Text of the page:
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Soil Sisters hopes to develop women conservation leaders

Soil Sisters hopes to develop women conservation leaders
Group began meeting in February; another group may form this fall.

Renewing the Countryside has brought together 10 women leaders in a new leadership cohort group, Soil Sisters: Cultivating Women Leaders.

The goal is to connect women farmers and landowners who share a commitment to conservation and sustainability, said Lisa Kivirist, senior fellow, endowed chair in agricultural systems, Minnesota Institute for Sustainable Agriculture. After the women are connected, Renewing the Countryside hopes to facilitate an environment where the women exchange ideas and resources and eventually, encourage them to pursue leadership positions in conservation.

Ten women leaders from across southeast Minnesota and southwest Wisconsin gathered for the first time in February. They are the initial class of Soil Sisters: Cultivating Women Leaders. Renewing the Countryside hopes the women learn from one another and presenters and go on to hold leadership positions in conservation at the local and state level.

For about eight years, Kivirist has worked with a group of women in south central Wisconsin who meet locally and she has advised Kallestad on the Soil Sisters pilot program in Minnesota.

The initial group of Soil Sisters includes women ranging in age from their 20s to their 60s with a variety of experiences. Some in the group derive the majority of their income from agriculture; others do not. The group includes market gardeners and women who raise sheep, goats and pasture pork. Another woman manages her parents’ farmland. The women live in southeast Minnesota and southwest Wisconsin.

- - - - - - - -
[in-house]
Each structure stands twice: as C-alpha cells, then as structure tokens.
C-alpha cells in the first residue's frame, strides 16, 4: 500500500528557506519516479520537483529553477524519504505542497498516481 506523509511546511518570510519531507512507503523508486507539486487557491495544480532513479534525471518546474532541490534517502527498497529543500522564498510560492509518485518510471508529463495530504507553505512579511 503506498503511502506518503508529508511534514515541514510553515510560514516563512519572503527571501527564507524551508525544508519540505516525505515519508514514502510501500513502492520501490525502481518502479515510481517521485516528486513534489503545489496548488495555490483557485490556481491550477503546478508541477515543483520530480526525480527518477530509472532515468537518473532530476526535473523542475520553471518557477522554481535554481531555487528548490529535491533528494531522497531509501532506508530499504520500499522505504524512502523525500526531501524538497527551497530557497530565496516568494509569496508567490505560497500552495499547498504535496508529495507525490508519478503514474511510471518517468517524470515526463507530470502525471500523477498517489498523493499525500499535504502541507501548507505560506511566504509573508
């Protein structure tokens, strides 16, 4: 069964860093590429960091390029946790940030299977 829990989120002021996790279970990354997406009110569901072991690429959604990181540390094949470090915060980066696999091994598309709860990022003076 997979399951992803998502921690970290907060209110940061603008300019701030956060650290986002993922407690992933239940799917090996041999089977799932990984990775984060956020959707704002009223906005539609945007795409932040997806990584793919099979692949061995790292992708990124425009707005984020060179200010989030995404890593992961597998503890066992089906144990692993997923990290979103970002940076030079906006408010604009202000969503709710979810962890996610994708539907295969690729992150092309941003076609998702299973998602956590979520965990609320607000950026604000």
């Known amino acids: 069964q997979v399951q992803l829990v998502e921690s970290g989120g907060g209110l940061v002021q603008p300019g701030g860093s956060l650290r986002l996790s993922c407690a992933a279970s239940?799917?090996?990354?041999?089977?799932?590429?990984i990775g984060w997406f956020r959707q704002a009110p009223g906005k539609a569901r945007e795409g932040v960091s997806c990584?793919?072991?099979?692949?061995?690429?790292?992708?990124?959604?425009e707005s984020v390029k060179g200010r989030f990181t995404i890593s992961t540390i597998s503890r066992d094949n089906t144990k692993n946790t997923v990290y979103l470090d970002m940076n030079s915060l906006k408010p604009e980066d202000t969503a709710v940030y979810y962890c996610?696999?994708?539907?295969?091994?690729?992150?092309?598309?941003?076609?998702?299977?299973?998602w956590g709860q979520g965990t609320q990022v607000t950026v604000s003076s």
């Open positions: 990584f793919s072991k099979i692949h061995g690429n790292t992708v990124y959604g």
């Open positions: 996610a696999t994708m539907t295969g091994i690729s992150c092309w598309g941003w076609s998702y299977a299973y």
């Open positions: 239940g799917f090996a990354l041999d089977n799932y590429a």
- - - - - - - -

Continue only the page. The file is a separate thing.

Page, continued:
“Our hope is that if this experiment works and we’re able to continue doing these kinds of groups, we get more of a mix of backgrounds,” said Beth Kallestad, coordinator of Soil Sisters: Cultivating Women Leaders.

The idea for Soil Sisters sprouted from Women, Land and Legacy workshops Renewing the Countryside held for women in Minnesota, Kallestad said. Coordinators saw a need for women to develop leadership roles in conservation and sustainable agriculture. They discussed how to grow women leaders and Soil Sisters was born. They hope by bringing a diverse group of women together, they learn from one another and they also learn from speakers who present at their meetings.

Kallestad said they are experimenting with different ways to gather.

They first met in February for an overnight retreat. They’ve held half-day meetings and virtual web-based meetings. The session ends in the fall.

Kallestad said the goal is to create a template Renewing the Countryside, a non-profit that in part works to connect people focused on sustainable rural development, can replicate in other areas. They want to learn how to facilitate, sustain and grow networks of women in agriculture.

The leadership program is funded by the McKnight Foundation

A second group may form late this year. If interested in learning more, sign up for the Women in Ag newsletter on the Renewing the Countryside website.

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